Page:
Despite all the technology at our fingertips, MacRae stresses the importance of choice to keep customers comfortable with their finance needs. “There are times when people do want to pop into a branch or speak to a human,” he explains. “The idea is that you give the customer the option but consistent service comes through.” He cites his own family as an example: two sons, 17 and 20, MacRae himself and his parents, in their late 70s, all use the same bank. “The way my children will do self-service compared to me and my parents is totally different. We’re all in different parts of our life in terms of mortgages and debt, but trying to serve three generations via traditional methods as well as more complex methods is very challenging.”
As an increasing number of banks turn to AI and chatbots, as well as voice biometrics for identification, this is likely to form part of the consumer journey as opposed to replacing it. A customer might use a chatbot to get to the right place but will still want to speak to a human. “At that point, I still want my call answered immediately by an agent, but I want the agent to know what I’ve been calling about. I don’t want to have to tell them the journey I’ve been through,” MacRae explains. “The adoption is there, but in varying degrees.”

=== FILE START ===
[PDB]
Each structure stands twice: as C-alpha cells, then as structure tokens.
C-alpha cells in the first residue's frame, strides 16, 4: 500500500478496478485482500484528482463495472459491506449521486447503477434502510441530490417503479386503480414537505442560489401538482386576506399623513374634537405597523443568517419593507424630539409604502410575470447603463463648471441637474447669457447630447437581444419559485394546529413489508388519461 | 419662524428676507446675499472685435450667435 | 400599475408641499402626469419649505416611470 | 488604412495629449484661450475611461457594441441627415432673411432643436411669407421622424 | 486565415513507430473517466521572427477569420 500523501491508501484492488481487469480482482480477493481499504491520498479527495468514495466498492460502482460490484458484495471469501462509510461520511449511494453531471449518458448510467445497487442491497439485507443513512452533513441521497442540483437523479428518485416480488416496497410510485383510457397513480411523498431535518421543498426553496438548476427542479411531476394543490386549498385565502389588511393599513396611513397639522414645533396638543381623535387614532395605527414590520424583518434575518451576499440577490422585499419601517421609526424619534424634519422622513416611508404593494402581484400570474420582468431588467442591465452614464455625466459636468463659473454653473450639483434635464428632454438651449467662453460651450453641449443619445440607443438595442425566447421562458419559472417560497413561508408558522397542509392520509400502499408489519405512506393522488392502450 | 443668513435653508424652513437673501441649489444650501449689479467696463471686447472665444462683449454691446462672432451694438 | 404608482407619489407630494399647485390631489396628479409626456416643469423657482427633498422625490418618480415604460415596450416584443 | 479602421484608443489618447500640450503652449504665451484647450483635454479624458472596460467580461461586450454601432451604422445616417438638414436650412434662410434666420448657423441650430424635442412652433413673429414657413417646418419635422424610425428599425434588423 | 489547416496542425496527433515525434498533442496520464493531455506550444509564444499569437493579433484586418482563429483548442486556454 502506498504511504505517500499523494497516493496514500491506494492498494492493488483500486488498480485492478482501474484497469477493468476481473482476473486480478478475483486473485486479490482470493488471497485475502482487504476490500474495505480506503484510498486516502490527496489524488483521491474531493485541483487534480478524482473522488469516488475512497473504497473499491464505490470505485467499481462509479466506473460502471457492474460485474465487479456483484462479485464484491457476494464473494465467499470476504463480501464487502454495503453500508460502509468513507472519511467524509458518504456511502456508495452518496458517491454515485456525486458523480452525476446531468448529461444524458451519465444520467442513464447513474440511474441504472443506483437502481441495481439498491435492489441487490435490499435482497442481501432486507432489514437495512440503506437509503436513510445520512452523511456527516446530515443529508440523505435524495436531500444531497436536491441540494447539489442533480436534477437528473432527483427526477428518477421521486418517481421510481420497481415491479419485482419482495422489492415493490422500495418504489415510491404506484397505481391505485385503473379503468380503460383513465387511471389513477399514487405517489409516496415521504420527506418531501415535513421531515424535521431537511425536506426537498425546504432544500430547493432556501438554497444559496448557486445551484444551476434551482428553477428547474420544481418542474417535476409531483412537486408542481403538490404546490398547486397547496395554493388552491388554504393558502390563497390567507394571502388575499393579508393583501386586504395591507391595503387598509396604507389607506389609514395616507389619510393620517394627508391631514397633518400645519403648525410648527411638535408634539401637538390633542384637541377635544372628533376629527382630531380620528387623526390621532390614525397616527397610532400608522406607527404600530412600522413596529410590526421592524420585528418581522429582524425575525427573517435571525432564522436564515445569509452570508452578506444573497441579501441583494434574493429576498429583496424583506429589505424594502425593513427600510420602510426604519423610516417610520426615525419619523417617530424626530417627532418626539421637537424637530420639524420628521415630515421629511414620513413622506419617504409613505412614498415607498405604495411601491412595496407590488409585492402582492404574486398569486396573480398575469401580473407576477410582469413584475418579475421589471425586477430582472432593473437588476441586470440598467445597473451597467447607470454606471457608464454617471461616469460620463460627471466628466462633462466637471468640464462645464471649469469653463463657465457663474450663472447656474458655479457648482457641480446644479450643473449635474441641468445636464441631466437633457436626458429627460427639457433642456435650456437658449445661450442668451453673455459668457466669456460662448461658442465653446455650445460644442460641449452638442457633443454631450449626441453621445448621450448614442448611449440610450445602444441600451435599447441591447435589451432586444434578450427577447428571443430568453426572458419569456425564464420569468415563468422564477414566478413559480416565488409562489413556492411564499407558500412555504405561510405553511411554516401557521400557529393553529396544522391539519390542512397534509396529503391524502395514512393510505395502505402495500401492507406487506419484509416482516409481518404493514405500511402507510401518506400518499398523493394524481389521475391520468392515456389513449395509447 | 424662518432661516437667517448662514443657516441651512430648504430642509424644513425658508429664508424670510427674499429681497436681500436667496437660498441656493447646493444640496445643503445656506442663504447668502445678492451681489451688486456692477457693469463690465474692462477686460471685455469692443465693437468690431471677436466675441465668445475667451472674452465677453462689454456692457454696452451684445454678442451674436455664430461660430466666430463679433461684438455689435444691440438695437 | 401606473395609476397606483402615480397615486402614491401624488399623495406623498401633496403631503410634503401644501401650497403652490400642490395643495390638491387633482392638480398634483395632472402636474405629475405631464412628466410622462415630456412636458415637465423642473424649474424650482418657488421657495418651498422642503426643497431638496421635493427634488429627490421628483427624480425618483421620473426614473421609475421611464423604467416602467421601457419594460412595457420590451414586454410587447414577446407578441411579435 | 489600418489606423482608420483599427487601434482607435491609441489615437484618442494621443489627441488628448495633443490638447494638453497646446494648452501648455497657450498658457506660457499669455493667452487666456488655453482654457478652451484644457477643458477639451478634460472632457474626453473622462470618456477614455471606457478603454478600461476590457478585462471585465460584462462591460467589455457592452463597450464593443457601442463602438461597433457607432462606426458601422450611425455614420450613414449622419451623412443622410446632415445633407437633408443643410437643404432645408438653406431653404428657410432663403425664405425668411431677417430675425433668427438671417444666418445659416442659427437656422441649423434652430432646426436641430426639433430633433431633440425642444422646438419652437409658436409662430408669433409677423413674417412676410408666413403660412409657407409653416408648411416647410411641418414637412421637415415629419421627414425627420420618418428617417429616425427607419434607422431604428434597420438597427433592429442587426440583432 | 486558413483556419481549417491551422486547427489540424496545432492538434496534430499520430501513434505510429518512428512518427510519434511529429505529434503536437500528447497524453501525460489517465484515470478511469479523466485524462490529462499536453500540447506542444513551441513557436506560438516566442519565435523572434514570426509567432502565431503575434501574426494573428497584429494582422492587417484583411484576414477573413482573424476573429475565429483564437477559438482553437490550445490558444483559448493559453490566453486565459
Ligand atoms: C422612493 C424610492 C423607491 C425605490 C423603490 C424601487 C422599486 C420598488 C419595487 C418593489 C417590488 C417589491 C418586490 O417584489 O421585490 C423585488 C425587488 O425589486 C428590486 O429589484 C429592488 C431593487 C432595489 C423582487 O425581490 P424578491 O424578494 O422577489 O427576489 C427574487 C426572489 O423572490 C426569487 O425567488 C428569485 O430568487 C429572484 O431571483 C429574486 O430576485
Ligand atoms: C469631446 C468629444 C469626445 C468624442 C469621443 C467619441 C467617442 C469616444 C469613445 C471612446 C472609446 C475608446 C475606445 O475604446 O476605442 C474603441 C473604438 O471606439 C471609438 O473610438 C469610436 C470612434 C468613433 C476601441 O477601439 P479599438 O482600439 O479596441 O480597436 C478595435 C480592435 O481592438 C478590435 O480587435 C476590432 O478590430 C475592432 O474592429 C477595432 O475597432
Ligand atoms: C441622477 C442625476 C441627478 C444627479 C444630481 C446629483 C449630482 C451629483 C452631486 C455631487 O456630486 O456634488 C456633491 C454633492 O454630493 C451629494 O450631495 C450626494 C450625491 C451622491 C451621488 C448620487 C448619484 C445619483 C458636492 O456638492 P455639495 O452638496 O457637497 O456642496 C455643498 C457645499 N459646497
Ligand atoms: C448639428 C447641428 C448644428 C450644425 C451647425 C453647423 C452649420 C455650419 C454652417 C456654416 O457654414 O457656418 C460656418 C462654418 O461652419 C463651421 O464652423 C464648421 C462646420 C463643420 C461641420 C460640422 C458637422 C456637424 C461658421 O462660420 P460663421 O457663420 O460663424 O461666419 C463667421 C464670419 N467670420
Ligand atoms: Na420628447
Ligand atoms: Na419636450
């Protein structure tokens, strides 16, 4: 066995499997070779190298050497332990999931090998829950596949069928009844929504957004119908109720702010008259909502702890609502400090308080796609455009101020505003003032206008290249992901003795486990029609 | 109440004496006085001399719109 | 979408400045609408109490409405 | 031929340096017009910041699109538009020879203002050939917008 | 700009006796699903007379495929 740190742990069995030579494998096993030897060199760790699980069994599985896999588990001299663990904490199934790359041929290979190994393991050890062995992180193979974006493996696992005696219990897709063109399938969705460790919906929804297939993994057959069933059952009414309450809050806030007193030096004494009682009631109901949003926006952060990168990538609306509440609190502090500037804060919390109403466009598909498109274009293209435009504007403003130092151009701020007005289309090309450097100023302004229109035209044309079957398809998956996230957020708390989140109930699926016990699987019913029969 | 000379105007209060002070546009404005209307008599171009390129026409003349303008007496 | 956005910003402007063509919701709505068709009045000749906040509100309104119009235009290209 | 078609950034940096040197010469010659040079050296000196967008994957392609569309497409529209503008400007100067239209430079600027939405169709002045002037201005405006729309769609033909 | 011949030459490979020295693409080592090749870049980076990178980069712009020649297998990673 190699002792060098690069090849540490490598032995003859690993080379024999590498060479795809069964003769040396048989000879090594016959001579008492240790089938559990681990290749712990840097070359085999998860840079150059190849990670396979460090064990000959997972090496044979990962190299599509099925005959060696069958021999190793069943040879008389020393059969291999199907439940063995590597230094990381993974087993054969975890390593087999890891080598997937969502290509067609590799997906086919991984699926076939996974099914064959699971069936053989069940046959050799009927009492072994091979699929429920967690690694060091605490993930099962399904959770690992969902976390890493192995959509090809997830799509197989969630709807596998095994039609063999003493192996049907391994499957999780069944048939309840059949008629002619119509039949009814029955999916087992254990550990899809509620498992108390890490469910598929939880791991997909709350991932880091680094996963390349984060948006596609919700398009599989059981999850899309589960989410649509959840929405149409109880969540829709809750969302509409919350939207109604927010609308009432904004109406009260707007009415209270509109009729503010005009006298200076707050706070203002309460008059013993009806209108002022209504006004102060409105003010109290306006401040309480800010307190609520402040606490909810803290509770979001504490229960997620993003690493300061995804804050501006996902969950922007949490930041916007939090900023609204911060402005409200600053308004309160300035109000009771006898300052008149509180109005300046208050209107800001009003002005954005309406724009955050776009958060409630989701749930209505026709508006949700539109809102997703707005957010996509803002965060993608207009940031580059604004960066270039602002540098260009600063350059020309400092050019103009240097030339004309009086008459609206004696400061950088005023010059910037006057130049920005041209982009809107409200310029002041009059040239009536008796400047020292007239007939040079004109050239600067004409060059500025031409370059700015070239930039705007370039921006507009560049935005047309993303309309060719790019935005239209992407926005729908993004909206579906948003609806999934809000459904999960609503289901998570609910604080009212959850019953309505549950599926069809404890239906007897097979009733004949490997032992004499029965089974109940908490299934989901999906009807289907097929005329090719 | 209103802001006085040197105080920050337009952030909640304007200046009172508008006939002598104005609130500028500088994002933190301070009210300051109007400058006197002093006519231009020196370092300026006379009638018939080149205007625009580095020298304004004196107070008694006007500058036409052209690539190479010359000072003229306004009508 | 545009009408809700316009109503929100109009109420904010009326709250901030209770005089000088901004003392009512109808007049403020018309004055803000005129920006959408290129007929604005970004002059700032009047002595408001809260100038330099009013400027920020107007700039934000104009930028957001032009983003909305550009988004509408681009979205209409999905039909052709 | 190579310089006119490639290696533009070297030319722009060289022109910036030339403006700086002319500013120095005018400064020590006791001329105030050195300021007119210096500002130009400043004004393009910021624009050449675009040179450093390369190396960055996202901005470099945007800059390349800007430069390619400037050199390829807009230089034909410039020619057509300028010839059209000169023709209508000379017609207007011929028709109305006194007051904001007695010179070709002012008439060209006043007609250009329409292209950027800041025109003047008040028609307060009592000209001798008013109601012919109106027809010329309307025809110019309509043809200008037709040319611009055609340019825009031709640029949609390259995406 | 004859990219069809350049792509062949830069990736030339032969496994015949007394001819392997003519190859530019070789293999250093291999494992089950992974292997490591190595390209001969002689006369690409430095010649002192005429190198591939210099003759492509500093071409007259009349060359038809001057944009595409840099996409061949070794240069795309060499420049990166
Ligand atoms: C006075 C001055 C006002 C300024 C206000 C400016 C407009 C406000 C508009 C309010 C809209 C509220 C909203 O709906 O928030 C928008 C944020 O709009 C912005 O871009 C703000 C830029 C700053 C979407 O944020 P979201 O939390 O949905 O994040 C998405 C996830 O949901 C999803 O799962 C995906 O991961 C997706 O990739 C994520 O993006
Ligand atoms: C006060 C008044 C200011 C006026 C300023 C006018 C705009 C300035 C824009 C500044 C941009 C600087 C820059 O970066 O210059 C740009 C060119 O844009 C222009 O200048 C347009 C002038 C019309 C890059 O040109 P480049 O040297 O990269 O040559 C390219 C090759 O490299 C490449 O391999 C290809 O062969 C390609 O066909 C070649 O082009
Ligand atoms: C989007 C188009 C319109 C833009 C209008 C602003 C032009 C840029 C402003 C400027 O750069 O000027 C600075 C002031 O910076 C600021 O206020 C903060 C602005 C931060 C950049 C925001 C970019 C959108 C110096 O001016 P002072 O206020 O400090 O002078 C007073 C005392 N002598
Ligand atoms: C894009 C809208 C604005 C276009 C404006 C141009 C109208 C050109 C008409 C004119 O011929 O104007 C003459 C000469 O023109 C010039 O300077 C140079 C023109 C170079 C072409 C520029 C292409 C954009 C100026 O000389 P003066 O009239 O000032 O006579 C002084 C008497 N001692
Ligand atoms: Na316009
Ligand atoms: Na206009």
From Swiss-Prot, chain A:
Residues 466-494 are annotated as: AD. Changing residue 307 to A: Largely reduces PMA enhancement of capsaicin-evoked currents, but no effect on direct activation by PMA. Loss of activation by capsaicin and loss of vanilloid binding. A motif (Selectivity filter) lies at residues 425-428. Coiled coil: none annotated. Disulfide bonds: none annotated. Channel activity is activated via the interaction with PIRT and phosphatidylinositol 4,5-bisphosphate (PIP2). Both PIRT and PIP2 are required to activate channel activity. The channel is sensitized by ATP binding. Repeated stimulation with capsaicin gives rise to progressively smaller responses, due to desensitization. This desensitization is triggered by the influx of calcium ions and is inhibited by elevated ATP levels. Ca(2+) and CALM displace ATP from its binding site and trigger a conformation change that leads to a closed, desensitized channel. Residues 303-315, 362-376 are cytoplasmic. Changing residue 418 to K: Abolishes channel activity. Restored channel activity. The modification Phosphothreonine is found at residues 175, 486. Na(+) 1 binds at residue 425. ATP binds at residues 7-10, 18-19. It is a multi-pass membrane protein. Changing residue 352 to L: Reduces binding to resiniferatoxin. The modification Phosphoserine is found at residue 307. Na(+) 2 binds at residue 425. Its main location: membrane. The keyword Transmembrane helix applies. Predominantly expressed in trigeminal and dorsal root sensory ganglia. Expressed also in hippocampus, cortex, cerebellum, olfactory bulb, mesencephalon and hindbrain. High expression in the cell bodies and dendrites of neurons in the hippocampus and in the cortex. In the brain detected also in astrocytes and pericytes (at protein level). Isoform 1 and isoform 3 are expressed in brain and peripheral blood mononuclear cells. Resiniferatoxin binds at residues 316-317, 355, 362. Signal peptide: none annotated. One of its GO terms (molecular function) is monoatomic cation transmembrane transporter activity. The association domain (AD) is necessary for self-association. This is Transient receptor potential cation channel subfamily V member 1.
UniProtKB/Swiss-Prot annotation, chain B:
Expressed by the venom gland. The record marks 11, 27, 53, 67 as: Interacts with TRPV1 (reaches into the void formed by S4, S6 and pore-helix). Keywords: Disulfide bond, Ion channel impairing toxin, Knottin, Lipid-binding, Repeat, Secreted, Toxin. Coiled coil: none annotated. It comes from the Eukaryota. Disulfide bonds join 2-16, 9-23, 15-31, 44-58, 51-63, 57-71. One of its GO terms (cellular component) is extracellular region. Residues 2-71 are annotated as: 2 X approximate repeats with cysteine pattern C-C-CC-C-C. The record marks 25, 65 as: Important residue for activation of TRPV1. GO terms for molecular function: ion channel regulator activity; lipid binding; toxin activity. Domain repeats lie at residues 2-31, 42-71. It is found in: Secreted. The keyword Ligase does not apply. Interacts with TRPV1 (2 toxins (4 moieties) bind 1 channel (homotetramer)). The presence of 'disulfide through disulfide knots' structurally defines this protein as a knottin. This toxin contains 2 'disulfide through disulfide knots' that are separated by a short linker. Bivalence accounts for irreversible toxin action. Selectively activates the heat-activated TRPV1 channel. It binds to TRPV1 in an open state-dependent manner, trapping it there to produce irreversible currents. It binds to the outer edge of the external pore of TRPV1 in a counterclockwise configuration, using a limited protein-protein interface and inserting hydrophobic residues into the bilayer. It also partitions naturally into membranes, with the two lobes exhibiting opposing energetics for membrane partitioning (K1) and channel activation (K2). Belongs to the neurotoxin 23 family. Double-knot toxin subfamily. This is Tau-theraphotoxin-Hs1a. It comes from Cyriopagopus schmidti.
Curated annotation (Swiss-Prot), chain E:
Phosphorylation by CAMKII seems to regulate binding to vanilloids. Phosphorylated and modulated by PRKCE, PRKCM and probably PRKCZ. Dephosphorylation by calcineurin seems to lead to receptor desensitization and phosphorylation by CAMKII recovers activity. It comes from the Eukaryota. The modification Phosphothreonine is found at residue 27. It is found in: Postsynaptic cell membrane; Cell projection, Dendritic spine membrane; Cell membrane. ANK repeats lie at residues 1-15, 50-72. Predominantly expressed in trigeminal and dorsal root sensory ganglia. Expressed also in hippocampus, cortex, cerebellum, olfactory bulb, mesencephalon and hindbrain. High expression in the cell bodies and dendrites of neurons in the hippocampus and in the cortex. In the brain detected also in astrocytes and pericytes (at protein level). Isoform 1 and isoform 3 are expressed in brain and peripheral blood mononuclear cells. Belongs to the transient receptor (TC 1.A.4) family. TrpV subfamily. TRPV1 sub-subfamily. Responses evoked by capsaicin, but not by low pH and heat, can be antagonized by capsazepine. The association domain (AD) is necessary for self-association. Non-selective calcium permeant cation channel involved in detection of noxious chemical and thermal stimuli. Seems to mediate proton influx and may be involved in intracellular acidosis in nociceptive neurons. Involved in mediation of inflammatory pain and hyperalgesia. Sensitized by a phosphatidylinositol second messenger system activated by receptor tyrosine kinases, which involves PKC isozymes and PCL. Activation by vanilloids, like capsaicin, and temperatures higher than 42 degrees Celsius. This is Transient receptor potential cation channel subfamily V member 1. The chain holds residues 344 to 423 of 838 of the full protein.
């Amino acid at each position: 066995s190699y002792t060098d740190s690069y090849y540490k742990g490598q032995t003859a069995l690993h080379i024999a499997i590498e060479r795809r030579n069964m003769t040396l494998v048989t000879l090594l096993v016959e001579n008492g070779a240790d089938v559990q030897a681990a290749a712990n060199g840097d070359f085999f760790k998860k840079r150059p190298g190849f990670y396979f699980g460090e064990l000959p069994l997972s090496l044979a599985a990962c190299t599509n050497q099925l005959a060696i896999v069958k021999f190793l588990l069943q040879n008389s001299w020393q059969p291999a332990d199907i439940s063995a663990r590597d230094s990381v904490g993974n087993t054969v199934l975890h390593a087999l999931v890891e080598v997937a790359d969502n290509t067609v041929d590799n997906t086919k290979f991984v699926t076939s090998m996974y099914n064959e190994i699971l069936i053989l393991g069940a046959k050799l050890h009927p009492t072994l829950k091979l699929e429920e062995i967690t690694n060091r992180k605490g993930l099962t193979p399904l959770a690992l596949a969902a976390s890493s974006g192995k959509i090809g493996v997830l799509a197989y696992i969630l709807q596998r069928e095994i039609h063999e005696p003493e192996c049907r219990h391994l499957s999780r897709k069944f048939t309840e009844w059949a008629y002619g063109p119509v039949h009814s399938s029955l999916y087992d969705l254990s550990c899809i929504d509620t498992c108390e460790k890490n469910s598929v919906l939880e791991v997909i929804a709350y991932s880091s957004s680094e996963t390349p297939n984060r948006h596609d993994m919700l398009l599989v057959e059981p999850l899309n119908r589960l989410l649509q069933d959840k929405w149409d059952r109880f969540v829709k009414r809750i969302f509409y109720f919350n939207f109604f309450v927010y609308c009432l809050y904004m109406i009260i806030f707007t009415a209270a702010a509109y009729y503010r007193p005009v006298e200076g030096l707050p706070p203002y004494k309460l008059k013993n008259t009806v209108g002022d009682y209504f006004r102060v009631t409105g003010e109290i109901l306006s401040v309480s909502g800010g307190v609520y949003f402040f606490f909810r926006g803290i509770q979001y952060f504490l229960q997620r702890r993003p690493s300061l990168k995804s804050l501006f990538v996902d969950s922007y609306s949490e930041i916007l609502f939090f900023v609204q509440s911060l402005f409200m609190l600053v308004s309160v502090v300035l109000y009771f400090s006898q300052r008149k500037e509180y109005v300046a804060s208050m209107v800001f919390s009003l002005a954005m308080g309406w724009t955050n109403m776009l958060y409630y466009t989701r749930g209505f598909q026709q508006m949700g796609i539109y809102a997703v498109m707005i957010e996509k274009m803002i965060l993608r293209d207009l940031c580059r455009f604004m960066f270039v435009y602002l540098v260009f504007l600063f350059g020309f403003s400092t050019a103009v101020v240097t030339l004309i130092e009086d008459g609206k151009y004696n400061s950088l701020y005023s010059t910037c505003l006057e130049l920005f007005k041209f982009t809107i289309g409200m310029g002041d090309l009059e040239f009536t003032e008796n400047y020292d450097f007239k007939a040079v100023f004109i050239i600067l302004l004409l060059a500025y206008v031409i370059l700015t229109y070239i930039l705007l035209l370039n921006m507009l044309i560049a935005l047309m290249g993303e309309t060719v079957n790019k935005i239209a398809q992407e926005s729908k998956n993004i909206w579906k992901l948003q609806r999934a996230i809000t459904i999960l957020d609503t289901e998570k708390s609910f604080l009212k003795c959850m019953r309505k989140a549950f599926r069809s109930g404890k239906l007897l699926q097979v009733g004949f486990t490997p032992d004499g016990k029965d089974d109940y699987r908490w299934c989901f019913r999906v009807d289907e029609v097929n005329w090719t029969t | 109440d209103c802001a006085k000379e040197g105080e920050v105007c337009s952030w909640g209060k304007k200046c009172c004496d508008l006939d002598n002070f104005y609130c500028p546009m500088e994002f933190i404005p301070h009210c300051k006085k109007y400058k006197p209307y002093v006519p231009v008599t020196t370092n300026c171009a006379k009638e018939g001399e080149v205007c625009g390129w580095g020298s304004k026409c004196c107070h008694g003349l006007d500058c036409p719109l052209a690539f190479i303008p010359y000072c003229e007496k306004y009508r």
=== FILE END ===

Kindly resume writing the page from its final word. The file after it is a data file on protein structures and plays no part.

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Based on his company’s extensive research into the UK’s financial technology scene, there were some aspects MacRae didn’t expect despite his extensive experience on both sides of tech. “What surprised me is how much people are willing to adopt technology from smart speakers to chatbots worldwide. People’s knowledge was higher than I thought on a global basis, and their willingness to have it as part of their customer journey was a pleasant surprise with it.” MacRae also points out how technology has permeated every area of business – for example, chatbots need to be connected to the marketing department to offer appropriate responses. “IT, security, marketing… all different departments need to be part of this digital transformation.”
Equipped with this knowledge that change is influencing businesses and demanded by consumers, every financial institution worth its salt is on a digital transformation journey, but MacRae advises it doesn’t need to happen all at once and Avaya can guide organisations through each stage. “It’s not just about understanding what’s out there and the art of the possible, but it’s also about ensuring we understand our customers exceedingly well. Where are they? What technology have they got today? What is the customer experience they’re offering currently and what would they like to be offering?” Often, that customer experience is the place to start when developing digital strategies in banking.